A: Wa in Japanese means harmony. Wa has been a central value in Japanese culture and society for centuries. Consequently it has multiple meanings according to the contexts. Wa depicts a dynamic rather than a static state. From Wa, something new is created.
A: There are many definitions of Ikebana, Japanese flower arrangement. Arguably the most significant one was presented by Senno Ikenobo around 1542. He defined Ikebana as a symbolic representation of the universe. His insight was so profound and spiritual that it raised Ikebana above the level of just a decorative art. His view on nature has a lot in common with the view of nature in the Japanese spiritual tradition. Ikebana seeks a balance between human beings and nature. For many people, Ikebana is a form of spiritual training leading towards enlightenment.
A: Our mission is to promote Ikebana, meditative art form working harmoniously with nature to the wider community that eagerly awaits such healing. Please see the revised statements.
A: In 2015 three experienced Japanese Ikebana teachers, Yukako Brown (Ikenobo Melbourne Chapter), Naomi Cullen (Ichiyo School of Ikebana Melbourne Branch) and Shoso Shimbo (Sogetsu School) formed Wa to revitalise Ikebana in Melbourne and organised the first joint exhibition at Abbotsford Convent. Since then, Wa has presented an exhibition every year with a growing number of exhibitors and public interest.
In 2019 Wa will further expand, aiming to be the most welcoming Ikebana event. Wa has become Wa: Melbourne Ikebana Festival, inviting more exhibitors and visitors locally and internationally.
In addition to an Exhibition, Wa: Melbourne Ikebana Festival incorporates various Ikebana related events and activities such as Ikebana workshops, Ikebana demonstrations, Ikebana market and Ikebana performances.
A: The Ikenobo, Ichiyo and Sogetsu schools have different approaches to flowers. In particular, Ikenobo and Sogetsu have almost the opposite approach. While Ikenobo respects the original forms of the flower in nature, the priority for Sogetsu is the creativity of individual practitioners.
Another great features of this exhibition is that it provides an opportunity even for beginners to take part in an exhibition. It is very rare particularly in Australia for Ikebana students to be able to exhibit their work in public.
This exhibition is therefore harmony of different approaches to Ikebana and many exhibitors with different stages of development.
A: Please find an Ikebana teacher near you. Visit our page, Ikebana teachers at Wa.
Some schools may offer short trial courses or workshops. But normally learning Ikebana takes a few years. It is often a lifetime commitment. If you would like to live with flowers to enhance your quality of life everyday for the rest of your life, Ikebana is for you.
A: All of our events are very popular. Many of them were booked out every year. Please book early. If you could not obtain a ticket online, however, don't give up.
1. You can join a waiting list for the following events:
Ikebana Dinner Show
Ikebana for Kids
2. You may watch Ikebana Demonstration standing (no seat available on the day) for free of charge. Please follow advice from our floor managing staff. Your safety is our first priority.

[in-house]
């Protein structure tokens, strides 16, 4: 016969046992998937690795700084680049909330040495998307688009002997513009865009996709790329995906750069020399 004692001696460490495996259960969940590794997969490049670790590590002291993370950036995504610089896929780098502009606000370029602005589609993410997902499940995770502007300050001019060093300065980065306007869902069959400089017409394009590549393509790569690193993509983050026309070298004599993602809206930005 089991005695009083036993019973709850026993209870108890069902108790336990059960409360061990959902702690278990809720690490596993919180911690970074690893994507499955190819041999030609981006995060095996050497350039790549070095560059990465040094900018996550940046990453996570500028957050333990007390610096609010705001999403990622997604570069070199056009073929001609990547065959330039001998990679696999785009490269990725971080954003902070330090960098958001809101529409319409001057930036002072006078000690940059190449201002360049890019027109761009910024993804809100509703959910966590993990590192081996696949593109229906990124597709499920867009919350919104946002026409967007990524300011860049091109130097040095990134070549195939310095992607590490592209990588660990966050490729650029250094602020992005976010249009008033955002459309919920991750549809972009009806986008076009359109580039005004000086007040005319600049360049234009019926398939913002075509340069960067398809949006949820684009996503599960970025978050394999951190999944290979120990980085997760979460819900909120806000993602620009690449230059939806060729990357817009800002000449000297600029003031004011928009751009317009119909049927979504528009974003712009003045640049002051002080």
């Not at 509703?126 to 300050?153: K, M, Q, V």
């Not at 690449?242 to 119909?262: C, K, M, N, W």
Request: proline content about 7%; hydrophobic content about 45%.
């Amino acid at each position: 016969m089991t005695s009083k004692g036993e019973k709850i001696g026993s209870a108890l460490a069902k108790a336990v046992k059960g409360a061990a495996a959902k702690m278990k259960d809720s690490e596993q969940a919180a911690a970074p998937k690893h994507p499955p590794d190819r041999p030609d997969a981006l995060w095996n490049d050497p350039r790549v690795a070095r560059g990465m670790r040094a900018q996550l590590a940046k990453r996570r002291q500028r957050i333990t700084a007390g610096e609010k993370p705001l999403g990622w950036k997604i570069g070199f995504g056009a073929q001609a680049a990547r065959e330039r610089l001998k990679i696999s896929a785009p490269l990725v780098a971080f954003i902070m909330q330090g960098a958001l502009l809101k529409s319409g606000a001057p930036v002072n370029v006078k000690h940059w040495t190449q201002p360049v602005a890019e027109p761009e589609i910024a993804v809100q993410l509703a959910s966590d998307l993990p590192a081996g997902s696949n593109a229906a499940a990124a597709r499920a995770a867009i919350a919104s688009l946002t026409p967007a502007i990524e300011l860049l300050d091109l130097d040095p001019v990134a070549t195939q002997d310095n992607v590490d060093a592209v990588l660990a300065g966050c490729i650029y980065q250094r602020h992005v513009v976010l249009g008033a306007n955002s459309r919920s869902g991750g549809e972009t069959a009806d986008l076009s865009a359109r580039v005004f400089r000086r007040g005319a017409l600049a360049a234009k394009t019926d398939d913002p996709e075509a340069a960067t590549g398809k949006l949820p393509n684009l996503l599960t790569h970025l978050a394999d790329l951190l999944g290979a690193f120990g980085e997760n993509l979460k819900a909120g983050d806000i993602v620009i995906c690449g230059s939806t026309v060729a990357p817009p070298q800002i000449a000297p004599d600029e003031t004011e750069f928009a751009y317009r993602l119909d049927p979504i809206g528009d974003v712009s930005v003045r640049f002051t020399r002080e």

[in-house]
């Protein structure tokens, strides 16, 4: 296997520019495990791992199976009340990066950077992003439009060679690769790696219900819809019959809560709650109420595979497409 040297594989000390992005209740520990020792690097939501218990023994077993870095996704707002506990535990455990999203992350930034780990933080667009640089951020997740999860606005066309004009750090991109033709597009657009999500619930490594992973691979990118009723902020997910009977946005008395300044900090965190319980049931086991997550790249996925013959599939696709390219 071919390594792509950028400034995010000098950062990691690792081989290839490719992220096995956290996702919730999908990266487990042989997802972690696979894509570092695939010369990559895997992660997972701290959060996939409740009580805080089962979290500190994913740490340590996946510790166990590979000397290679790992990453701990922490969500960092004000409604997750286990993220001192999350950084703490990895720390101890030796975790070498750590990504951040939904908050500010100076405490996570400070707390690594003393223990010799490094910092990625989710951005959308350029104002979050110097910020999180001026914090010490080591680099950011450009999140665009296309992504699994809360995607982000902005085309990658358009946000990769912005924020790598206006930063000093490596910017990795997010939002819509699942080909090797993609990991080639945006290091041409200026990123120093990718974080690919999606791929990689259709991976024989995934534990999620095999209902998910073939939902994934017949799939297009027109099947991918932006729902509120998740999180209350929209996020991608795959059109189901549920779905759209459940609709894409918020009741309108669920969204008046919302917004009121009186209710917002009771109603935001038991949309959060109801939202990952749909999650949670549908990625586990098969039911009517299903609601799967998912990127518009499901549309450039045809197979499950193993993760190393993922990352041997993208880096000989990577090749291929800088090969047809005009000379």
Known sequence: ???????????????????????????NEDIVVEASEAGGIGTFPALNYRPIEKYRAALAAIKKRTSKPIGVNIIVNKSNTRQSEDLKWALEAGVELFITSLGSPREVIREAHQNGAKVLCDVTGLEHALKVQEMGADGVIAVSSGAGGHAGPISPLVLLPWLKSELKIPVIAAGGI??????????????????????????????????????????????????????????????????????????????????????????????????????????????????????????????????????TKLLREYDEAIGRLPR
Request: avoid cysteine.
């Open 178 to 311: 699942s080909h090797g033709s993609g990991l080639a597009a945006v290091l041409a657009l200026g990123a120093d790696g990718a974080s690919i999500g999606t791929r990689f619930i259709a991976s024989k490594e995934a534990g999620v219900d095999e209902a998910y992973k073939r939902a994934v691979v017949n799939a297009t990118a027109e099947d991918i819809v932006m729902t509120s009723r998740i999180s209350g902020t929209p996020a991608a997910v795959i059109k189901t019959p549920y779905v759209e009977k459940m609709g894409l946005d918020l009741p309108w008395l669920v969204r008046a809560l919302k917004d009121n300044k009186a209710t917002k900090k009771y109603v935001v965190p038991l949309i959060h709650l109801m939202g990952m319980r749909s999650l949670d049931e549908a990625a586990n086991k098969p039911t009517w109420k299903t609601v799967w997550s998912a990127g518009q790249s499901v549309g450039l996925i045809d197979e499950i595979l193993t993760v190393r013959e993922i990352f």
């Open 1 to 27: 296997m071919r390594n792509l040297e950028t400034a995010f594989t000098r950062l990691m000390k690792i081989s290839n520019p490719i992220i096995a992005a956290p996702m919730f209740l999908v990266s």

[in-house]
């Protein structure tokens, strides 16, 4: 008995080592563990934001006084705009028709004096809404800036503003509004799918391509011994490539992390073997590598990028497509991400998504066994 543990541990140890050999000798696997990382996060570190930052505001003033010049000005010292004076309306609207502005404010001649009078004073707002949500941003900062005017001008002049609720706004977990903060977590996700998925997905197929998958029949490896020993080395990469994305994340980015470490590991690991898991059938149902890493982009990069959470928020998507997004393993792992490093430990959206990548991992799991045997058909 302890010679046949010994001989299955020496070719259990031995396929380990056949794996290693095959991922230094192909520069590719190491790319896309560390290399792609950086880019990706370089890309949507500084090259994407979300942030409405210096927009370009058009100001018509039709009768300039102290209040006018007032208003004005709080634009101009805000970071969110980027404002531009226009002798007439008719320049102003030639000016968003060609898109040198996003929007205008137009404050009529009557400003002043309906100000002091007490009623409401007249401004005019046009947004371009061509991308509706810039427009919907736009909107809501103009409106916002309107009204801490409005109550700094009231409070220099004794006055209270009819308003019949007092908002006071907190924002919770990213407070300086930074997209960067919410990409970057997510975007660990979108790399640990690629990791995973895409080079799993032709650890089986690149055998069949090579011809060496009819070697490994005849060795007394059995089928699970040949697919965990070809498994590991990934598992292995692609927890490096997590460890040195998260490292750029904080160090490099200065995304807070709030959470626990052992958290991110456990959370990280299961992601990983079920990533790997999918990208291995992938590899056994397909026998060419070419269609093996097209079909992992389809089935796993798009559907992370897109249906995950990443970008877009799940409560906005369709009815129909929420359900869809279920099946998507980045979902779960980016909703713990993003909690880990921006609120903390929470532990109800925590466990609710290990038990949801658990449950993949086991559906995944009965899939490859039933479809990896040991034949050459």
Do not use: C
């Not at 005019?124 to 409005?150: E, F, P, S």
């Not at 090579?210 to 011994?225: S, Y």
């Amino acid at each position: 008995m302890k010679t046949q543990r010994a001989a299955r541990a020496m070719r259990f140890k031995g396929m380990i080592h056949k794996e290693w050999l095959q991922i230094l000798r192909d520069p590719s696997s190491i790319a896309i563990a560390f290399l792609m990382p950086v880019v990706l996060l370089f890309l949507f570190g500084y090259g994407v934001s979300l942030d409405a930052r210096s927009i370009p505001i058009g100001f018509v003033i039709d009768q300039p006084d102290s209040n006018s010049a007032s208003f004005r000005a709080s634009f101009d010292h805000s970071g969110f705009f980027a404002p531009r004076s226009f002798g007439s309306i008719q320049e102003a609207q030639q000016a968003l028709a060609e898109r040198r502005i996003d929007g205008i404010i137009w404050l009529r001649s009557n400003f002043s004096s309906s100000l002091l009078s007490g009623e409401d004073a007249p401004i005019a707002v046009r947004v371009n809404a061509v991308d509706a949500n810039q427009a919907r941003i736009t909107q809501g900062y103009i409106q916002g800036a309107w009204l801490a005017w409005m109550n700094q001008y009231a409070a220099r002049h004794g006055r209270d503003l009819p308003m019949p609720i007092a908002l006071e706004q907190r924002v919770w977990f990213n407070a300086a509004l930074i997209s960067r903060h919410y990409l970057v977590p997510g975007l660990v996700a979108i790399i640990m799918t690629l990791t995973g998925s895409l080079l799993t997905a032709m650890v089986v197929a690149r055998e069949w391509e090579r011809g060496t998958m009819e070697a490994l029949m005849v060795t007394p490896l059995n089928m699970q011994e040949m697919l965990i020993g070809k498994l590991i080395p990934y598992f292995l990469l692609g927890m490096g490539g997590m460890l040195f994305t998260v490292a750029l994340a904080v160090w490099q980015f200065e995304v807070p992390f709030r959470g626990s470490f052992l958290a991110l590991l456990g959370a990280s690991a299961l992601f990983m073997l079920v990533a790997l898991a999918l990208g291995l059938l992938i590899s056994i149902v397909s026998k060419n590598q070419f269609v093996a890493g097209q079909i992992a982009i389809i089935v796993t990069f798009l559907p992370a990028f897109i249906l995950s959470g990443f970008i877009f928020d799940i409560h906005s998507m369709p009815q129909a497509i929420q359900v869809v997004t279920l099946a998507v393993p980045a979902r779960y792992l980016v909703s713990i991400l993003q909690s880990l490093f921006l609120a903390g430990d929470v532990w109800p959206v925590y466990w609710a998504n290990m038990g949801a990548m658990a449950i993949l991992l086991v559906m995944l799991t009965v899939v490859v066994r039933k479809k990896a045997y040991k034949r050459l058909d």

If it is too crowded, however, please come back to Rosina after the demonstration to enjoy our exhibition & the works created by our demonstrators. Abbotsford Convent has several art galleries, beautiful garden, and nice cafes.
3. You may watch Renka with Mozart standing (no seat available on the day) with gold coin donation. You can stand and watch only in certain areas of the auditorium. Please follow advice from our floor managing staff. Your safety is our first priority.
A: Yes. As an exhibitor you are invited to artists talks and opening. But we have to ask you to buy tickets to join other events. We would like to hire the top art venue for our exhibition and to invite international speakers such as the Headmaster of Ohara School to our conference. While our expenses are large, we would like to maintain a low fee for our exhibitors. Consequently we have to organise paid events to raise funds and to enhance our festival. Your participation in ticketed events supports our small-budget international ikebana event. We hope you understand.
A: We may invite local reputable ikebana teachers whose contact is published online. The goal of Wa is to promote ikebana as meditative traditional Japanese art as well as contemporary art that can contribute to enhance the environmental awareness. You may have enough students and opportunities to exhibit your works. You may not feel need to promote ikebana further, but how about your students? When you give a teaching diploma to them, will they have the same opportunity as you enjoy? There may be many things that you can do for your students. But trying to promote ikebana through Wa with other experienced teachers may be something you may consider for the future of ikebana. Wa can never be successful with a small number of supporters, although it has been already recognised as a significant event in the history of ikebana by some Japanese ikebana scholars (e.g. Wikipedia Japan). Your name may be recorded in the history of ikebana as a contributor to this international festival.
Our demonstration is one of our ticketed events. Unlike many other ikebana demonstrations, demonstrators will be paid and the audience are keen to learn ikebana and interested in joining ikebana course. You may mention your contribution as a demonstrator in your artist cv.
A: Volunteers play crucial roles in Wa Melbourne Ikebana Festival. Generally each volunteer would be asked to work for 4 hours or more for managing the festival before or during the festival. If you can help us as a volunteer, please contact us to register (firstname.lastname@example.org). Festival volunteers will be invited to join demonstration, conference and some other events for free.